Preserving precious memories
Founder of the Lost Newcastle Facebook group, Carol Duncan, on how a question about a brick in Fort Scratchley’s retaining walls started a vibrant online community.
I’ve always had a keen interest in my family history, sparked in particular by the early deaths of my paternal grandparents. My father never had the opportunity to learn much about his family, other than having a small, engraved medallion that had been handed down to him.
The medallion was hand engraved with the date that my first Duncan ancestor left Glasgow to come to Australia in 1883. That’s about all we knew so I’d always felt that there was a huge gap in knowing ‘my people’. So I became THAT member of the family who bores all the others to death with my family research and the stories, tall tales, tragedies and triumphs of the people who came before us.
By 2012, I had been hosting a regular and popular local history segment, Local Treasures, on my ABC radio program for quite a few years and felt that a Facebook group would be a great way to continue the conversations and explorations of Newcastle and the Hunter’s history.
It was the beginning of Lost Newcastle and in August of that year, my inaugural post was a photo of some of the bricks in the Fort Drive wall around Fort Scratchley, each with a year etched into them – asking what they were for. While I still don’t have an official answer, I assume that the numbers signify the year each brick was placed into the wall as part of monitoring possible movement of the earthworks around the Fort.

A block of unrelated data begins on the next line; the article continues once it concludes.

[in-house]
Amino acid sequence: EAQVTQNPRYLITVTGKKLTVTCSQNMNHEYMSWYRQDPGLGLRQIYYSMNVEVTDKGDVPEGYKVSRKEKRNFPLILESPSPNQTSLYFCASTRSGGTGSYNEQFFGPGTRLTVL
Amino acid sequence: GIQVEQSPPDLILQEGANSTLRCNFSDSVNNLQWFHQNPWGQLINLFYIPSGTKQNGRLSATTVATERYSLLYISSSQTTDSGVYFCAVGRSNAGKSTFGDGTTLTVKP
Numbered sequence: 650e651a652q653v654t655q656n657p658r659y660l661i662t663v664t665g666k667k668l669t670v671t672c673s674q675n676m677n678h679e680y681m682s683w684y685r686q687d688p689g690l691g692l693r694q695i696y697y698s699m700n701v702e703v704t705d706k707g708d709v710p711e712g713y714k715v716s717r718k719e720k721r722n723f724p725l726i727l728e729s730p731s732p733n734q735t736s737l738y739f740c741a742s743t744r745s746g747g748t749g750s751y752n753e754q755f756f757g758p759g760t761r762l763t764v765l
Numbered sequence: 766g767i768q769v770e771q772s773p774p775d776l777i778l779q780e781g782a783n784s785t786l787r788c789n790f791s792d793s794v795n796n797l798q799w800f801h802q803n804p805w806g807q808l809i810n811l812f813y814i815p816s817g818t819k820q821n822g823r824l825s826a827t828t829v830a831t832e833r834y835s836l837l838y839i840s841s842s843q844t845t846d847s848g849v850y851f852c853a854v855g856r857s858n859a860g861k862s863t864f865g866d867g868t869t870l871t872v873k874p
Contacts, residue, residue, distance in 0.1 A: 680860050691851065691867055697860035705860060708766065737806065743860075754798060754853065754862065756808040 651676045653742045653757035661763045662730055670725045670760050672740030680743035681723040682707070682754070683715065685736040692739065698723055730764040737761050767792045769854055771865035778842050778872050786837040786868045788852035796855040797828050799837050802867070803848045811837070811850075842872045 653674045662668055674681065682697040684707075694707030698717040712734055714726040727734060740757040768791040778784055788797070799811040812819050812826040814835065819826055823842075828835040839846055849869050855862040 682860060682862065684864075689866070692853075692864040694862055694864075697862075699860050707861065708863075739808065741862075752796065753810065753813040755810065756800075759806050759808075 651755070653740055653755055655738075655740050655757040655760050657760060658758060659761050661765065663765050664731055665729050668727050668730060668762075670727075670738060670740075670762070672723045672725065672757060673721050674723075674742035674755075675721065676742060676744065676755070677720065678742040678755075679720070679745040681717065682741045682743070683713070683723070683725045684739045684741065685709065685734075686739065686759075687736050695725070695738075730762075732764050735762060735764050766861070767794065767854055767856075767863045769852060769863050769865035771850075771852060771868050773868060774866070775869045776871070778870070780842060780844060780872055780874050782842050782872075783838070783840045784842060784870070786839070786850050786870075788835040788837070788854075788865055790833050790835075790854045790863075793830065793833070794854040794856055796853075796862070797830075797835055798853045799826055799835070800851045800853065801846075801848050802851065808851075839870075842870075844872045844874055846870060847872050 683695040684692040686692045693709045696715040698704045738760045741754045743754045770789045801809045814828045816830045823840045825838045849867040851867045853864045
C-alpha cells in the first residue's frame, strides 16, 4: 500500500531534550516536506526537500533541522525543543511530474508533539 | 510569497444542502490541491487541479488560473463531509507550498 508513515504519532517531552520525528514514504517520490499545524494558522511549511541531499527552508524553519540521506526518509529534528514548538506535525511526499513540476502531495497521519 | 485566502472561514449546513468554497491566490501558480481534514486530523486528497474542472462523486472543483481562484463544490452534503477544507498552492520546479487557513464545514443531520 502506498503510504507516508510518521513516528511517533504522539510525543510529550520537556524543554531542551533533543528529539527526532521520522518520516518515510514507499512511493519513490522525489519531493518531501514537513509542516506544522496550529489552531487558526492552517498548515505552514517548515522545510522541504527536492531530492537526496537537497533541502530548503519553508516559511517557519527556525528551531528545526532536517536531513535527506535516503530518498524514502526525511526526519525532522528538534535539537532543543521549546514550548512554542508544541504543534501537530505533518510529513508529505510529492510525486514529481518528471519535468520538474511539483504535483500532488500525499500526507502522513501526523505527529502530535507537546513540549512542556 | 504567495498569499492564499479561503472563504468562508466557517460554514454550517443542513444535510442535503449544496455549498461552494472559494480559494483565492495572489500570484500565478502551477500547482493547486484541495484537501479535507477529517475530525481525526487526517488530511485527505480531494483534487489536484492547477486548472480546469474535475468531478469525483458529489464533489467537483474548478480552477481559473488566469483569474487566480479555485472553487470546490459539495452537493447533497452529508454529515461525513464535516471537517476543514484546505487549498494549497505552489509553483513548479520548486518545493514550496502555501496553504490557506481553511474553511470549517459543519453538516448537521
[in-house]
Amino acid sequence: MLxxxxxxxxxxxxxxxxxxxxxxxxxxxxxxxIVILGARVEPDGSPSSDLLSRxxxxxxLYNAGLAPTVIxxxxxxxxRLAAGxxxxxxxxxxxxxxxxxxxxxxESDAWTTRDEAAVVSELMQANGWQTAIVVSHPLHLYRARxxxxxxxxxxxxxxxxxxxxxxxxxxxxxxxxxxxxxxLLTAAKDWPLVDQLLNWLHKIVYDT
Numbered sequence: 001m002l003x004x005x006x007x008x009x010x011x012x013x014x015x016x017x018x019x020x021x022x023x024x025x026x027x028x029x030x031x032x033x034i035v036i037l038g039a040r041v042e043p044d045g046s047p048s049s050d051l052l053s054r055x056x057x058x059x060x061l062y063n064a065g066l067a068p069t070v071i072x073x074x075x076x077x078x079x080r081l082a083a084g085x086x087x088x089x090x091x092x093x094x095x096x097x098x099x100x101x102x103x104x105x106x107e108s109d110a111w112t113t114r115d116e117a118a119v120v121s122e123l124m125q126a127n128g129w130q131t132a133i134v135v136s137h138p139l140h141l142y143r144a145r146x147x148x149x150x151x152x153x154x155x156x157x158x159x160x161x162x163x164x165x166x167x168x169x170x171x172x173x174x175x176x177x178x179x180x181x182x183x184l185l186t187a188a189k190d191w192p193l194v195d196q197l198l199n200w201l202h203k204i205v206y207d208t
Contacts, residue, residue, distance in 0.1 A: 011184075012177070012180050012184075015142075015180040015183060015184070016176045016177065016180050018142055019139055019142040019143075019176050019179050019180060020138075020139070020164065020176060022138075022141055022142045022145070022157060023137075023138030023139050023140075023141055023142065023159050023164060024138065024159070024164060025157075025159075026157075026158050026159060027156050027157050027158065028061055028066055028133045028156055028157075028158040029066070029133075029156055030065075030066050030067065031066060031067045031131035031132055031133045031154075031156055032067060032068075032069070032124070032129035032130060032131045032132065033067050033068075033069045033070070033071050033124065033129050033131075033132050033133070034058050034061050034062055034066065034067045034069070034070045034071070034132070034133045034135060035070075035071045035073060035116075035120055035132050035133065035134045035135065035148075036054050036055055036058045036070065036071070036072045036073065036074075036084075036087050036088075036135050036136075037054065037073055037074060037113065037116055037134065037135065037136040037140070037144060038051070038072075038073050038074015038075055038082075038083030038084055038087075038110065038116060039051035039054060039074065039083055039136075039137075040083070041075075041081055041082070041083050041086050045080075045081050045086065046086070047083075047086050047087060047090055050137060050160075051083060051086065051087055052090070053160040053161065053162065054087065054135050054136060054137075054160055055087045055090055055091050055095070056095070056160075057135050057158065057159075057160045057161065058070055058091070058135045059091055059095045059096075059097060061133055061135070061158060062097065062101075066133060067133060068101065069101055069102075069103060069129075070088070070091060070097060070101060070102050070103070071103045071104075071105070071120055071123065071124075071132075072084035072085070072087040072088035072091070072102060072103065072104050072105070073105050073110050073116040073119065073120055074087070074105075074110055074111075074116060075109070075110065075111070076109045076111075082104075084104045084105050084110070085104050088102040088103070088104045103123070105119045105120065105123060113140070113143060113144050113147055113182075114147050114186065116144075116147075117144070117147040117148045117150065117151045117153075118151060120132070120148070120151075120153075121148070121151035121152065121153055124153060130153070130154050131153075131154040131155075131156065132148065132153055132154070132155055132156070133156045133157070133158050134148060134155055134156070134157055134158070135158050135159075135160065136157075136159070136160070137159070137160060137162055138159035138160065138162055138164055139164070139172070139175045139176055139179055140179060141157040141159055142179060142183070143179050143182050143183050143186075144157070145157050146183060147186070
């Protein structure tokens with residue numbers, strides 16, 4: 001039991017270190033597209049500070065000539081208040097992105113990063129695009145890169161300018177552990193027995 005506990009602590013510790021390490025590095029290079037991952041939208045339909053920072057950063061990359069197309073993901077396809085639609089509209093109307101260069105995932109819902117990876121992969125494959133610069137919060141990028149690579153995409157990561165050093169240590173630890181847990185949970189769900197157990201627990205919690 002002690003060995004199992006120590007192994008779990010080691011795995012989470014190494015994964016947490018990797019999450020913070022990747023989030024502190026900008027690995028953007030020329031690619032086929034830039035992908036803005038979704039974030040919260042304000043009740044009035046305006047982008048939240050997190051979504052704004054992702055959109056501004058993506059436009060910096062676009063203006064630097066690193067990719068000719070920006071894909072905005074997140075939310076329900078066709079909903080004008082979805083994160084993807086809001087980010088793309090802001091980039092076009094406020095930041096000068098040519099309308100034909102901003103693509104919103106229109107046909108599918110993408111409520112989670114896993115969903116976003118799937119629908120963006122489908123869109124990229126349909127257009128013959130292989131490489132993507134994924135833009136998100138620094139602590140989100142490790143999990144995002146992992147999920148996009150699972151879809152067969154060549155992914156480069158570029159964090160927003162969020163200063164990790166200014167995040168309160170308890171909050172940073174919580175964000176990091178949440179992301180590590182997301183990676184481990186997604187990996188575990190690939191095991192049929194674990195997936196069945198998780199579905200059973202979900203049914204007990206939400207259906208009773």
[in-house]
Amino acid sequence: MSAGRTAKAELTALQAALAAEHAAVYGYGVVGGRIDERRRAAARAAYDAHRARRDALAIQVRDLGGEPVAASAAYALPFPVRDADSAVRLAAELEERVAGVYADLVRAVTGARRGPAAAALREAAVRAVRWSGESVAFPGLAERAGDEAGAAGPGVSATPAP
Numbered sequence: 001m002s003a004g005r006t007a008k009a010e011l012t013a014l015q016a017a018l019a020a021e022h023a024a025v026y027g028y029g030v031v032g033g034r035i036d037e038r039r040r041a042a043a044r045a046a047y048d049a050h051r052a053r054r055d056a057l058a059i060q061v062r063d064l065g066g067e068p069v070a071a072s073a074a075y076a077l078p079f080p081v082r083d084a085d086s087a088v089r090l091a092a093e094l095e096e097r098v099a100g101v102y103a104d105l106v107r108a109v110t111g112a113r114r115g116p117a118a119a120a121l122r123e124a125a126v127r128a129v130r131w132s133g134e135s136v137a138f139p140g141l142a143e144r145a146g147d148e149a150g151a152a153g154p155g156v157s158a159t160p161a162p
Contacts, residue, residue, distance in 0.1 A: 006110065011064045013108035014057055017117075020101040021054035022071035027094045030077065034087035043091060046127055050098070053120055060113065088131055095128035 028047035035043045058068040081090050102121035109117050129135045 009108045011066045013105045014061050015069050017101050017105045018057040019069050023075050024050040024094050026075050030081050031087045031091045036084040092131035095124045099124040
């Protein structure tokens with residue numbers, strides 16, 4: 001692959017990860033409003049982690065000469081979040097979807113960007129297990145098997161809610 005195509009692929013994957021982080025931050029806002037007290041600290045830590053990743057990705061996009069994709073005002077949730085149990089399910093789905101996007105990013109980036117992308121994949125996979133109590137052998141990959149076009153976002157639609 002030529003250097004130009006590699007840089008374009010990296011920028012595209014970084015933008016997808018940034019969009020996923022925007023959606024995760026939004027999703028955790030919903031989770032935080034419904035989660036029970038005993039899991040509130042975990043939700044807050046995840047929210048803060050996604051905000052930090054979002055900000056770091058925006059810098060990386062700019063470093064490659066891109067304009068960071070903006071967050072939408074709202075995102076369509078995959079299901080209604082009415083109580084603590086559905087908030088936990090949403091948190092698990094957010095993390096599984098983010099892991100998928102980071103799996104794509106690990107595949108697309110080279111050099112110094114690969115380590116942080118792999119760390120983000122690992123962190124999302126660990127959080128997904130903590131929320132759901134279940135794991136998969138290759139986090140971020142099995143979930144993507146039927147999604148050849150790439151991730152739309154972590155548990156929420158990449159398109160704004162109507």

At the time, I thought that the group could be of interest to perhaps a couple of hundred people and it grew slowly over the next few months. It was over Easter in 2013 that, all of a sudden, it started to explode in popularity and it hasn’t stopped since. Lost Newcastle now sits at nearly 72,000 members, the majority of them very active in their use and enjoyment of the group.
Saving the shoeboxes
I made a very conscious decision in the early days of the group to emphasise our local families and their stories. I think of this as, ‘the box of photos that your grandmother has in a shoebox in the top of her wardrobe’. Most families have such a box of precious memories and all too often they are disposed of after our older family members die.
But these photos are the ones that show us ourselves – growing up, raising families, working and playing in our city and suburbs.
It’s great that members often share well-known images from iconic photographers such as Ralph Snowball. But thanks to the dedicated work of people like Gionni di Gravio at the University of Newcastle Archives and Living Histories, and the brilliant work of local government librarians and local studies staff, we can easily access those massive and valuable collections.
It’s the photos in the shoebox that we risk losing and that’s where Lost Newcastle can be so valuable.
I love the regular conversations around some of Newcastle’s great myths and legends, its people, places, events and even objects. These evergreen yarns include the ‘map pool’ or Young Mariners Pool next to the iconic Newcastle Ocean Baths (the map is still there … or is it?), the hidden swimming pool underneath a city centre arcade, the famous Mr Glass’s Wind Mixture and Tracy’s Horse Riding at the Junction.
Read more about Lost Newcastle in our Spring Edition of Hunter & Coastal Lifestyle Magazine or subscribe here.